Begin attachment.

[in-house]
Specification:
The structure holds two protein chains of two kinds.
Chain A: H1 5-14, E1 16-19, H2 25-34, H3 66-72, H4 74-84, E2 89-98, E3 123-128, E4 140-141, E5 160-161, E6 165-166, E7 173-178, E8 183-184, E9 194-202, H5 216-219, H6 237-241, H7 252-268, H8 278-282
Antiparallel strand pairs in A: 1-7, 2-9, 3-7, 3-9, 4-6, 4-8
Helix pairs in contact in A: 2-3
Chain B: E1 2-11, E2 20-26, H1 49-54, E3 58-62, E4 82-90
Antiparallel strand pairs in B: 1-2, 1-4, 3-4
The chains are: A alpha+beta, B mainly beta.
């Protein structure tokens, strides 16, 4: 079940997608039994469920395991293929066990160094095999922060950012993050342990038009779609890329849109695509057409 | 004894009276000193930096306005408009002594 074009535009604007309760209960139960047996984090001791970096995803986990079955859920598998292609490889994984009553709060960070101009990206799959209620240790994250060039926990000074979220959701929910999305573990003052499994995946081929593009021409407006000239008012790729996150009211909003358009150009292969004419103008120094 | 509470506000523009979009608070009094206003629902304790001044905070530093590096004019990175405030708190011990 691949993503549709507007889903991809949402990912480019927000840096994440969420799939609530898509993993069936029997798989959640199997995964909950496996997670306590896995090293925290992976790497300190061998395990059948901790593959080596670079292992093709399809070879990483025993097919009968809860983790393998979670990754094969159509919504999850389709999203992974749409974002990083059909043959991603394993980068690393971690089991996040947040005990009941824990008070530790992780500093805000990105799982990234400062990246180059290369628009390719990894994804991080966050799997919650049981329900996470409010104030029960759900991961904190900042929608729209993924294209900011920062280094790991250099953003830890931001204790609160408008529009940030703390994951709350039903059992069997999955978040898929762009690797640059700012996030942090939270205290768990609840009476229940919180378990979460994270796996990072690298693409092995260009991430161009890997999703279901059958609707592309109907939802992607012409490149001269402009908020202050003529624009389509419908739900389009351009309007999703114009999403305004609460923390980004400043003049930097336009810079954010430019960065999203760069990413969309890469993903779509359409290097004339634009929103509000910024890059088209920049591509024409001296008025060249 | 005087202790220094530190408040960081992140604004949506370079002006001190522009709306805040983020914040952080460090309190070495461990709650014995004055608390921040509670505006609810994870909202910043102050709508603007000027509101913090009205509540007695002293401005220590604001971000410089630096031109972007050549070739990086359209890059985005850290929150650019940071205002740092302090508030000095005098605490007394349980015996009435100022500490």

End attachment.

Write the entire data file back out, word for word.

[in-house]
Specification:
The structure holds two protein chains of two kinds.
Chain A: H1 5-14, E1 16-19, H2 25-34, H3 66-72, H4 74-84, E2 89-98, E3 123-128, E4 140-141, E5 160-161, E6 165-166, E7 173-178, E8 183-184, E9 194-202, H5 216-219, H6 237-241, H7 252-268, H8 278-282
Antiparallel strand pairs in A: 1-7, 2-9, 3-7, 3-9, 4-6, 4-8
Helix pairs in contact in A: 2-3
Chain B: E1 2-11, E2 20-26, H1 49-54, E3 58-62, E4 82-90
Antiparallel strand pairs in B: 1-2, 1-4, 3-4
The chains are: A alpha+beta, B mainly beta.
């Protein structure tokens, strides 16, 4: 079940997608039994469920395991293929066990160094095999922060950012993050342990038009779609890329849109695509057409 | 004894009276000193930096306005408009002594 074009535009604007309760209960139960047996984090001791970096995803986990079955859920598998292609490889994984009553709060960070101009990206799959209620240790994250060039926990000074979220959701929910999305573990003052499994995946081929593009021409407006000239008012790729996150009211909003358009150009292969004419103008120094 | 509470506000523009979009608070009094206003629902304790001044905070530093590096004019990175405030708190011990 691949993503549709507007889903991809949402990912480019927000840096994440969420799939609530898509993993069936029997798989959640199997995964909950496996997670306590896995090293925290992976790497300190061998395990059948901790593959080596670079292992093709399809070879990483025993097919009968809860983790393998979670990754094969159509919504999850389709999203992974749409974002990083059909043959991603394993980068690393971690089991996040947040005990009941824990008070530790992780500093805000990105799982990234400062990246180059290369628009390719990894994804991080966050799997919650049981329900996470409010104030029960759900991961904190900042929608729209993924294209900011920062280094790991250099953003830890931001204790609160408008529009940030703390994951709350039903059992069997999955978040898929762009690797640059700012996030942090939270205290768990609840009476229940919180378990979460994270796996990072690298693409092995260009991430161009890997999703279901059958609707592309109907939802992607012409490149001269402009908020202050003529624009389509419908739900389009351009309007999703114009999403305004609460923390980004400043003049930097336009810079954010430019960065999203760069990413969309890469993903779509359409290097004339634009929103509000910024890059088209920049591509024409001296008025060249 | 005087202790220094530190408040960081992140604004949506370079002006001190522009709306805040983020914040952080460090309190070495461990709650014995004055608390921040509670505006609810994870909202910043102050709508603007000027509101913090009205509540007695002293401005220590604001971000410089630096031109972007050549070739990086359209890059985005850290929150650019940071205002740092302090508030000095005098605490007394349980015996009435100022500490």